This study explores the fiduciary advantage of a Vascular Surgery program to an academic, tertiary care hospital. This is a retrospective review of hospital (HealthQuest) and physician (IDX) billing databases from April 2009 to September 2010. We identified all patients interacting with Vascular Surgery (VS) to provide an overview of global finances. Patients introduced solely by VS were identified to minimize confounding of the downstream effect. Outcome measures obtained were revenue, average and total gross margin, relative value unit production, and service utilization. A total of 552 cases were identified demonstrating $13 million in revenue. This translated into a gross margin of $5 million. Examined per surgeon, VS was the most profitable, producing $1.6 million. Lower extremity amputation had the highest average gross margin at $34,000. Notably, $8 million in direct cost is among the highest in the health system. A total of 137 cases unique to VS generated $5 million in total revenue. This patient subset made use of up to 29 physician specialty services. General Medicine and Radiology were the most frequently utilized. The overall profitability of a comprehensive vascular program is tremendously positive. This study verifies that new vascular-specific referrals are a significant catalyst for revenue. © 2012 Society for Vascular Surgery.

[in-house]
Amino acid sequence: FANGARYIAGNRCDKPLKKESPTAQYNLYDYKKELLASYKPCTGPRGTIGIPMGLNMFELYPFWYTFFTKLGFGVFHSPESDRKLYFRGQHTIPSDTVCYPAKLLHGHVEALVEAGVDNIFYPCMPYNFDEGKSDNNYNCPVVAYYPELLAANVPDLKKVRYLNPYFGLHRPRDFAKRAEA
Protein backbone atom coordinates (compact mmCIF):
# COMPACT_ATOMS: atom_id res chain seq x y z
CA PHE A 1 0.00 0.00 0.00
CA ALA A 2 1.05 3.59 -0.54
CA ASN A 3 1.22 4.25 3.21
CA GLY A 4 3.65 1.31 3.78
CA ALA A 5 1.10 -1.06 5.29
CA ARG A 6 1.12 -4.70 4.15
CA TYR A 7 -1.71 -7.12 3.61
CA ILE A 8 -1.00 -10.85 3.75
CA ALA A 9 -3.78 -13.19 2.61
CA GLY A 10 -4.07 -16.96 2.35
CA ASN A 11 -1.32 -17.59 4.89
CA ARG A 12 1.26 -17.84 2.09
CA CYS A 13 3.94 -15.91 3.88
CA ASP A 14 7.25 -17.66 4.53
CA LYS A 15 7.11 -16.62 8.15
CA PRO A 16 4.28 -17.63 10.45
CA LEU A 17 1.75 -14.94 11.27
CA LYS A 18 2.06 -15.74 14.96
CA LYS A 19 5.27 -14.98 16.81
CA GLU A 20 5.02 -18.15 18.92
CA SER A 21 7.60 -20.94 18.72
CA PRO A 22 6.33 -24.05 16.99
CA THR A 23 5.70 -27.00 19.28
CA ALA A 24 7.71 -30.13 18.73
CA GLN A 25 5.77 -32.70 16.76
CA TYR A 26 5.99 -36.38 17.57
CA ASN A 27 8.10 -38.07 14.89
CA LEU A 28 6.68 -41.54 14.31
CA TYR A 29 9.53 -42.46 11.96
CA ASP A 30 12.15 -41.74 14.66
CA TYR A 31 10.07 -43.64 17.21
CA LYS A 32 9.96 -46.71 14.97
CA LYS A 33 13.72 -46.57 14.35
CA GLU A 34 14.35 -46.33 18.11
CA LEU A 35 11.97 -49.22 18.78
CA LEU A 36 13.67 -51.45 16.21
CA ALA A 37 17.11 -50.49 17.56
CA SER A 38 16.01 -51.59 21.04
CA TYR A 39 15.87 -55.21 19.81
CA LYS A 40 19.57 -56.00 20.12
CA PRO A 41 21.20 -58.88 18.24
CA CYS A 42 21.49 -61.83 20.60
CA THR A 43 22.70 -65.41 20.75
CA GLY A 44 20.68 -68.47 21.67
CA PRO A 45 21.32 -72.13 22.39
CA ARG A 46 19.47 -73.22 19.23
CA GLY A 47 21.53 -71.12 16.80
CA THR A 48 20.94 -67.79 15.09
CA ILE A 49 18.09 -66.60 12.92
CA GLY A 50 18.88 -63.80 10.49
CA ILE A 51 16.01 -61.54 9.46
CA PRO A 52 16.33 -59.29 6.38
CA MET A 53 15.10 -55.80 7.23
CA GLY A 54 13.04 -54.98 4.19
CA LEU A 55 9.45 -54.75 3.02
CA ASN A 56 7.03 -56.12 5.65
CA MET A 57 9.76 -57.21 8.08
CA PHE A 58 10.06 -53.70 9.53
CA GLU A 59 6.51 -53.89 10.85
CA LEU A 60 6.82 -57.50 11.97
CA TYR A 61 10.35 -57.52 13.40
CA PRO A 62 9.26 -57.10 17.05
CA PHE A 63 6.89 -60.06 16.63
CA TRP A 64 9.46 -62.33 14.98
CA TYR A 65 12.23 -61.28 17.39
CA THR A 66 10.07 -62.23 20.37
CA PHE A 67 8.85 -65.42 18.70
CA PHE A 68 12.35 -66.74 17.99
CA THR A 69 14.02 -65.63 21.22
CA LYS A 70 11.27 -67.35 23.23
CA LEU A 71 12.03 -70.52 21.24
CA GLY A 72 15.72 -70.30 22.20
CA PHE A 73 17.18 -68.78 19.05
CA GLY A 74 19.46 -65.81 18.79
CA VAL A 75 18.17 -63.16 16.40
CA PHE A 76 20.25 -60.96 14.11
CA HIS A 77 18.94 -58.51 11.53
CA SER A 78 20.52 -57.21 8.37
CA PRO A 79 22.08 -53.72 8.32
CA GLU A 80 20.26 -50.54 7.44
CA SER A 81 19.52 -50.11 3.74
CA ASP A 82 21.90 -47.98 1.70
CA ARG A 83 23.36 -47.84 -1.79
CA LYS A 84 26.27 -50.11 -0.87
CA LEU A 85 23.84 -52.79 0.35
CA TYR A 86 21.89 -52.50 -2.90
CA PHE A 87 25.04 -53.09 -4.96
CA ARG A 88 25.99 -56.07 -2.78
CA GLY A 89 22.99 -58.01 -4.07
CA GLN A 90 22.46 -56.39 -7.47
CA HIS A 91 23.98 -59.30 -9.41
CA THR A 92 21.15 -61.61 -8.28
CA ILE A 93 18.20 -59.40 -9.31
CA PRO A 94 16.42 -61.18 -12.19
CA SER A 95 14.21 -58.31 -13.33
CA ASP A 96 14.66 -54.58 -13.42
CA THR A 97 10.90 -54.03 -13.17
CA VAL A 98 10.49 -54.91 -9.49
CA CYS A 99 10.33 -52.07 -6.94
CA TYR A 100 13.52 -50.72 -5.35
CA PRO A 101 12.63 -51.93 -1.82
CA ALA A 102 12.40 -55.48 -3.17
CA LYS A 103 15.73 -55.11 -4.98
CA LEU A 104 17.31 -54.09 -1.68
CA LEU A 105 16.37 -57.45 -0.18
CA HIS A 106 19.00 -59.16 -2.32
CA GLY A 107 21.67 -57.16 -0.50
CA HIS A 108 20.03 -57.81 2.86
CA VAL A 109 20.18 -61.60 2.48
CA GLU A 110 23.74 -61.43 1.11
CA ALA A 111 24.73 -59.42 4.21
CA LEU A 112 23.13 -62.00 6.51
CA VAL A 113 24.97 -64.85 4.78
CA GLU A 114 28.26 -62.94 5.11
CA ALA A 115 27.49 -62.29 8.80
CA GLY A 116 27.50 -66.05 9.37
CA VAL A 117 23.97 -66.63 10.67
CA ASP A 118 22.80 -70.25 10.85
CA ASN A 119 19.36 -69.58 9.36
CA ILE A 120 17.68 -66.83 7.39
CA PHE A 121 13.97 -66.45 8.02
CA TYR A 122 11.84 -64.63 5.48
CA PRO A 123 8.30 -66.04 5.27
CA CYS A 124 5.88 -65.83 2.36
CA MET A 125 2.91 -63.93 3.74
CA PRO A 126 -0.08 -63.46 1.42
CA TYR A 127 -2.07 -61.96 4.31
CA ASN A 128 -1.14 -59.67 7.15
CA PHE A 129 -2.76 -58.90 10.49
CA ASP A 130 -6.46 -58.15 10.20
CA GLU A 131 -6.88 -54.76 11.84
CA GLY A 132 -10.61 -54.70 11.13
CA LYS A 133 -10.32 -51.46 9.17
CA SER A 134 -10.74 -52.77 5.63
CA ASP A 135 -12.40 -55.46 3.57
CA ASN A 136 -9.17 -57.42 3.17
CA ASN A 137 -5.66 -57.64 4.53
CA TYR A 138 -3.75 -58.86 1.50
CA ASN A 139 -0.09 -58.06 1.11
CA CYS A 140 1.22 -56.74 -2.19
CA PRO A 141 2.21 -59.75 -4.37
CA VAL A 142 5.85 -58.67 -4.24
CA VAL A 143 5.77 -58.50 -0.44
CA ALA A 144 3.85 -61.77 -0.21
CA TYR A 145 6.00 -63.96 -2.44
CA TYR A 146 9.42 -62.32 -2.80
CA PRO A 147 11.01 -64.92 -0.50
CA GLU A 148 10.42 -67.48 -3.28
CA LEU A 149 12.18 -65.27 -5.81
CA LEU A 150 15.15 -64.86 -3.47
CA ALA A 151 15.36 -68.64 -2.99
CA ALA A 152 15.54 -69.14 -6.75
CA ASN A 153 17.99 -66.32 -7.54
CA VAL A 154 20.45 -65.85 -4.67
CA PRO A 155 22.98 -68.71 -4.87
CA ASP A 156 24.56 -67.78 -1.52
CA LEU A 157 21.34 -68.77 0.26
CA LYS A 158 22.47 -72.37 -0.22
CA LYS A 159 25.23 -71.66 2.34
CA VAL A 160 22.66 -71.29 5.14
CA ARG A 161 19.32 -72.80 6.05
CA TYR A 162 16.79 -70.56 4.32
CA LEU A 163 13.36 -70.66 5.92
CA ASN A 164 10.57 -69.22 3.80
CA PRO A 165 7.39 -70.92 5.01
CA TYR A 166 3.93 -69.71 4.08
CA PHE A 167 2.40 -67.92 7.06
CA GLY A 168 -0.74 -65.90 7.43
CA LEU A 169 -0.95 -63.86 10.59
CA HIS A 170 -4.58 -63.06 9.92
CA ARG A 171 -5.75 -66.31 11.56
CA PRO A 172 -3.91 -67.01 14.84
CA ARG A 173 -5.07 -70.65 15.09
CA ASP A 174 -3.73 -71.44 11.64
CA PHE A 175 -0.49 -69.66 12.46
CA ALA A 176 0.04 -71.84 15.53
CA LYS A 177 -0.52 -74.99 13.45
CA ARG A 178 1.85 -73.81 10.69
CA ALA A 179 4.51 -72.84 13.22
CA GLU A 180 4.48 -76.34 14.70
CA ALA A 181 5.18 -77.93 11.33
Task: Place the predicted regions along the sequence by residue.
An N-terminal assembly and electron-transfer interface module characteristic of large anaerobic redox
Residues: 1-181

Taylor, N., Lombardi, J. V., Toddes, S., Alexander, J., Trani, J., & Carpenter, J. (2012). An all-inclusive and transparent view of a vascular program’s direct impact on its health system. Journal of Vascular Surgery, 55(1), 281–285. https://doi.org/10.1016/j.jvs.2011.10.087